The church in Llanfwrog was erected in the thirteenth or fourteenth century, unfortunately it is not possible to specify the date of its beginning. In the fifteenth century it was enlarged by the addition of an extra nave. A thorough renovation of the chancel and nave was carried out in the years 1869-1870, and the tower at the beginning of the 20th century.
The original church consisted of an orientated, rectangular nave and an externally not separated chancel, constituting one whole and covered with a single gable roof. It is not known whether the church had a tower from the very beginning, perhaps it was added in the 14th century. In the fifteenth century, the southern aisle was erected, the same length and width as the northern nave and the chancel. Inside, both parts were connected by three pointed, moulded arcades, supported by pillars of four clustered shafts.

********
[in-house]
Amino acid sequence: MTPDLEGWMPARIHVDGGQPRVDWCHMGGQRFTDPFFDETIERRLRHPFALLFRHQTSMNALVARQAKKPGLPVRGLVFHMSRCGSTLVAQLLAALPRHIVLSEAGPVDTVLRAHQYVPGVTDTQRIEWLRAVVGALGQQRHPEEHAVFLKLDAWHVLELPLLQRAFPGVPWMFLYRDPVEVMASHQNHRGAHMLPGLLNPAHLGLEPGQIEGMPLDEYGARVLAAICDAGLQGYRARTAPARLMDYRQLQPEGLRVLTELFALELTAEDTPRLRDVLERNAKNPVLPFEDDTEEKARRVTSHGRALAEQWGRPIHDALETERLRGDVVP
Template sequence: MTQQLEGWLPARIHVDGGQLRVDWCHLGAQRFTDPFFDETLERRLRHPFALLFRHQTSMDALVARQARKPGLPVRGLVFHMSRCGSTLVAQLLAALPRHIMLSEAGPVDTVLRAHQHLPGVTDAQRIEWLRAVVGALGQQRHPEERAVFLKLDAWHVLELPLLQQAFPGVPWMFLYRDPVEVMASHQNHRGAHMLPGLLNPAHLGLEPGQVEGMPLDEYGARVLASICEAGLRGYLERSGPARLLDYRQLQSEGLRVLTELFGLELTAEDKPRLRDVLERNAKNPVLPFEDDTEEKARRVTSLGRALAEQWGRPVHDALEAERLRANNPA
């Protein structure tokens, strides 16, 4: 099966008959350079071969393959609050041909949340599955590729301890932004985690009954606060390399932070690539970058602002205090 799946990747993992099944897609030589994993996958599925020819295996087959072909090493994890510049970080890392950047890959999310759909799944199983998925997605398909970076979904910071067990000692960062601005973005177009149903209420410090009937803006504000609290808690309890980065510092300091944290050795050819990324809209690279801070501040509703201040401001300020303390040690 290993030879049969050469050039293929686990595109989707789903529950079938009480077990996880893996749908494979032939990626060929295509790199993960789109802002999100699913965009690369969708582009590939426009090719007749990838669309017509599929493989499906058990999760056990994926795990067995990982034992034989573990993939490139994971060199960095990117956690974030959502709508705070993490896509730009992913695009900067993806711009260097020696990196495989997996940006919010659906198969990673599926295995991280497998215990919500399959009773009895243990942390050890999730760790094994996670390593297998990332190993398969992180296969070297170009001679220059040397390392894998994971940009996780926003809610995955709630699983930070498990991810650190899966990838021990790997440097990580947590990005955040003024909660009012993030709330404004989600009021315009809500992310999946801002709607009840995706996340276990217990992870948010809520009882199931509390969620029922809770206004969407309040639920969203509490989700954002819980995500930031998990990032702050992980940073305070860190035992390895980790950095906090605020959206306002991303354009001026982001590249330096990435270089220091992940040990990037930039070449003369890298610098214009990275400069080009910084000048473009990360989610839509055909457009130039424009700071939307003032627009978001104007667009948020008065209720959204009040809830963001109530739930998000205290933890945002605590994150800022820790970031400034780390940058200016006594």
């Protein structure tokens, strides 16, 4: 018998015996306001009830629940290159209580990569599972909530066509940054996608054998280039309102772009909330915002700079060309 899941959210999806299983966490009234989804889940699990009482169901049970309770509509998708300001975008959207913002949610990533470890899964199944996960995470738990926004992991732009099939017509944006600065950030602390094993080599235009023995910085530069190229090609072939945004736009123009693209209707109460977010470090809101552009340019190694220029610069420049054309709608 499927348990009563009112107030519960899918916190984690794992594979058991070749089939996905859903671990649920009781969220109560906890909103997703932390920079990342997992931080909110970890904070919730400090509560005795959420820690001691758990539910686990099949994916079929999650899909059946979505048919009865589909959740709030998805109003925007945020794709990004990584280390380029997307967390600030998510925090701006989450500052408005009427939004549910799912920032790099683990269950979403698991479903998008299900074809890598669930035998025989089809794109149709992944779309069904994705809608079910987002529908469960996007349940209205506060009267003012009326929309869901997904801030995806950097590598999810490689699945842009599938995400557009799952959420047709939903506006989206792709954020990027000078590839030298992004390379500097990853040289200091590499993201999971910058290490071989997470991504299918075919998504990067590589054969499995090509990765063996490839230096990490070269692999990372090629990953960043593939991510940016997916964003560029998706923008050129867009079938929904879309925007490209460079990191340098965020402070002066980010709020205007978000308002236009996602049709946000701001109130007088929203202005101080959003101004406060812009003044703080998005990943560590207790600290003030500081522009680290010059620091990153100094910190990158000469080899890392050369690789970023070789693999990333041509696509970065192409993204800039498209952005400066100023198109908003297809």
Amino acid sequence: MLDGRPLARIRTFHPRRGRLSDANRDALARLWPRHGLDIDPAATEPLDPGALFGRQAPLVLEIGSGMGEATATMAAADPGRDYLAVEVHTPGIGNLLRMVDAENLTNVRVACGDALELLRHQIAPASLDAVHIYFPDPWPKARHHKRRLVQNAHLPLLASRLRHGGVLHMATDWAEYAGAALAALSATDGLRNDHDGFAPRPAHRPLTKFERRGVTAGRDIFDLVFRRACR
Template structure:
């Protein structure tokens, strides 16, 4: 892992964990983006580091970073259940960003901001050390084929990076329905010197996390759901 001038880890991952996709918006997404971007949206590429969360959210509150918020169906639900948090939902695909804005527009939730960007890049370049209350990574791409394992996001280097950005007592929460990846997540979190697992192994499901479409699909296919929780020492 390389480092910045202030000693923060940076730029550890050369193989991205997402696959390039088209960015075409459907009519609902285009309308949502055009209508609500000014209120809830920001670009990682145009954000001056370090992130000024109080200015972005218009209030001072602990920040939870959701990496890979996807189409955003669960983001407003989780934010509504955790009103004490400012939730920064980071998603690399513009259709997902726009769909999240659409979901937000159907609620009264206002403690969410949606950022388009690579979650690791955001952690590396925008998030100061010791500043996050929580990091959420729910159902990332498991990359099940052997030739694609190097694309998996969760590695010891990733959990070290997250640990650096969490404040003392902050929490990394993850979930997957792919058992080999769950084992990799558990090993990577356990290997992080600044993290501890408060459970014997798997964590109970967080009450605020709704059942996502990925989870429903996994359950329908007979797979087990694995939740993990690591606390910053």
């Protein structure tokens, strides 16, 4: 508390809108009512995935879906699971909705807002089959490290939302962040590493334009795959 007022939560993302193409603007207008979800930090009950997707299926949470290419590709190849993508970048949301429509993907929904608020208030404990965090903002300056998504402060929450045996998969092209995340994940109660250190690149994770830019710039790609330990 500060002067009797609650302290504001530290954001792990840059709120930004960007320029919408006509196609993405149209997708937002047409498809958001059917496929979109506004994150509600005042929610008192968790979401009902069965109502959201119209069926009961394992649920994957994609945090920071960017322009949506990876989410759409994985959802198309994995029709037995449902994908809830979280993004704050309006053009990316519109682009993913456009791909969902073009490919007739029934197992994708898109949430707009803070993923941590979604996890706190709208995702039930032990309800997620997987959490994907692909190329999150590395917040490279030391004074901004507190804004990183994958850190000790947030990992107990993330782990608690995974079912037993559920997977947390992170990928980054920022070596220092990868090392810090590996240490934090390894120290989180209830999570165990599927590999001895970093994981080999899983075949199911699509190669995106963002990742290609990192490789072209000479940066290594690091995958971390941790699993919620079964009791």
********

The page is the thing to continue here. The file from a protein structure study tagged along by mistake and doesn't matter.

Currently, on the south-west side, at the entrance portal, there is an early modern porch, but it uses wood from an earlier vestibule. Unfortunately, all windows were rebuilt in the 19th century, except for one 15th-century window in the southern aisle. The northern nave was also rebuilt, only the original 16th-century inter-nave arcades and pillars were left.
Salter M., The old parish churches of North Wales, Malvern 1993.
Website cpat.demon.co.uk, Church of St Mwrog, Llanfwrog.